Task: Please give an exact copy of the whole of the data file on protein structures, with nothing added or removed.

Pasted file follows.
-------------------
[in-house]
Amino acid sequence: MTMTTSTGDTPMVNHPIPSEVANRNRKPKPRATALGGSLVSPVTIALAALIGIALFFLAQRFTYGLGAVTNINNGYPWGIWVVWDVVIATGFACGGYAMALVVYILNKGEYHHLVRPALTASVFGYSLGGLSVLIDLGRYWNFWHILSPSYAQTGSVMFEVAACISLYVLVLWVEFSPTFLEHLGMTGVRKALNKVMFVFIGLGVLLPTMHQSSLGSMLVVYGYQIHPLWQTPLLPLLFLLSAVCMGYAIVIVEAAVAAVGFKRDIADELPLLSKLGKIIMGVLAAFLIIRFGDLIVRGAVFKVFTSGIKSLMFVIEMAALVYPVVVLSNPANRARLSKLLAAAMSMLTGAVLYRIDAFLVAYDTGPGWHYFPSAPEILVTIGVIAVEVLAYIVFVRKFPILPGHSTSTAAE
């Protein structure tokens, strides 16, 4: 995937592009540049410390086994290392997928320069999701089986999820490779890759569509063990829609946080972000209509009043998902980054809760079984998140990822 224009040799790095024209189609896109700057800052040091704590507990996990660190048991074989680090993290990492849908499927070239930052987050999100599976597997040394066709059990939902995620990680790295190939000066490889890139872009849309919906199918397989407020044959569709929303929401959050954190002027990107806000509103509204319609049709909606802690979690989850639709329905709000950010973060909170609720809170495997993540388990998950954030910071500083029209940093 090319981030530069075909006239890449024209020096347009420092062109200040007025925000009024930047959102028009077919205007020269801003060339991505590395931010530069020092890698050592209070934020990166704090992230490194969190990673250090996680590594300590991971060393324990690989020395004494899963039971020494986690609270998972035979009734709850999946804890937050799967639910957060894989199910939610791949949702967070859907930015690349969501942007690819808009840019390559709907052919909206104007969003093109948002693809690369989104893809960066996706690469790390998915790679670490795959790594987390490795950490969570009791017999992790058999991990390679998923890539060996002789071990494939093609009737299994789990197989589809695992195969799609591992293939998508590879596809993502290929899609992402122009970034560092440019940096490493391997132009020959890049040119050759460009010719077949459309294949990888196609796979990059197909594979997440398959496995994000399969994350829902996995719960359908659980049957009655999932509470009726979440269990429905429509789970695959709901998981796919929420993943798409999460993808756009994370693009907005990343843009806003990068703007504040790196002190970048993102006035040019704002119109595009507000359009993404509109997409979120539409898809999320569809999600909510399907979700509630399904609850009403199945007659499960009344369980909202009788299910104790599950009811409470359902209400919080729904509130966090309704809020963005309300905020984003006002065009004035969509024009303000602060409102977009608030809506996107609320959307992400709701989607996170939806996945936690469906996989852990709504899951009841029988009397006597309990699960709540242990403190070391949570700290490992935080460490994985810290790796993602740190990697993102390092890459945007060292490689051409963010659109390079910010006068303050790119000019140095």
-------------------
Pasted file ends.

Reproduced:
[in-house]
Amino acid sequence: MTMTTSTGDTPMVNHPIPSEVANRNRKPKPRATALGGSLVSPVTIALAALIGIALFFLAQRFTYGLGAVTNINNGYPWGIWVVWDVVIATGFACGGYAMALVVYILNKGEYHHLVRPALTASVFGYSLGGLSVLIDLGRYWNFWHILSPSYAQTGSVMFEVAACISLYVLVLWVEFSPTFLEHLGMTGVRKALNKVMFVFIGLGVLLPTMHQSSLGSMLVVYGYQIHPLWQTPLLPLLFLLSAVCMGYAIVIVEAAVAAVGFKRDIADELPLLSKLGKIIMGVLAAFLIIRFGDLIVRGAVFKVFTSGIKSLMFVIEMAALVYPVVVLSNPANRARLSKLLAAAMSMLTGAVLYRIDAFLVAYDTGPGWHYFPSAPEILVTIGVIAVEVLAYIVFVRKFPILPGHSTSTAAE
């Protein structure tokens, strides 16, 4: 995937592009540049410390086994290392997928320069999701089986999820490779890759569509063990829609946080972000209509009043998902980054809760079984998140990822 224009040799790095024209189609896109700057800052040091704590507990996990660190048991074989680090993290990492849908499927070239930052987050999100599976597997040394066709059990939902995620990680790295190939000066490889890139872009849309919906199918397989407020044959569709929303929401959050954190002027990107806000509103509204319609049709909606802690979690989850639709329905709000950010973060909170609720809170495997993540388990998950954030910071500083029209940093 090319981030530069075909006239890449024209020096347009420092062109200040007025925000009024930047959102028009077919205007020269801003060339991505590395931010530069020092890698050592209070934020990166704090992230490194969190990673250090996680590594300590991971060393324990690989020395004494899963039971020494986690609270998972035979009734709850999946804890937050799967639910957060894989199910939610791949949702967070859907930015690349969501942007690819808009840019390559709907052919909206104007969003093109948002693809690369989104893809960066996706690469790390998915790679670490795959790594987390490795950490969570009791017999992790058999991990390679998923890539060996002789071990494939093609009737299994789990197989589809695992195969799609591992293939998508590879596809993502290929899609992402122009970034560092440019940096490493391997132009020959890049040119050759460009010719077949459309294949990888196609796979990059197909594979997440398959496995994000399969994350829902996995719960359908659980049957009655999932509470009726979440269990429905429509789970695959709901998981796919929420993943798409999460993808756009994370693009907005990343843009806003990068703007504040790196002190970048993102006035040019704002119109595009507000359009993404509109997409979120539409898809999320569809999600909510399907979700509630399904609850009403199945007659499960009344369980909202009788299910104790599950009811409470359902209400919080729904509130966090309704809020963005309300905020984003006002065009004035969509024009303000602060409102977009608030809506996107609320959307992400709701989607996170939806996945936690469906996989852990709504899951009841029988009397006597309990699960709540242990403190070391949570700290490992935080460490994985810290790796993602740190990697993102390092890459945007060292490689051409963010659109390079910010006068303050790119000019140095």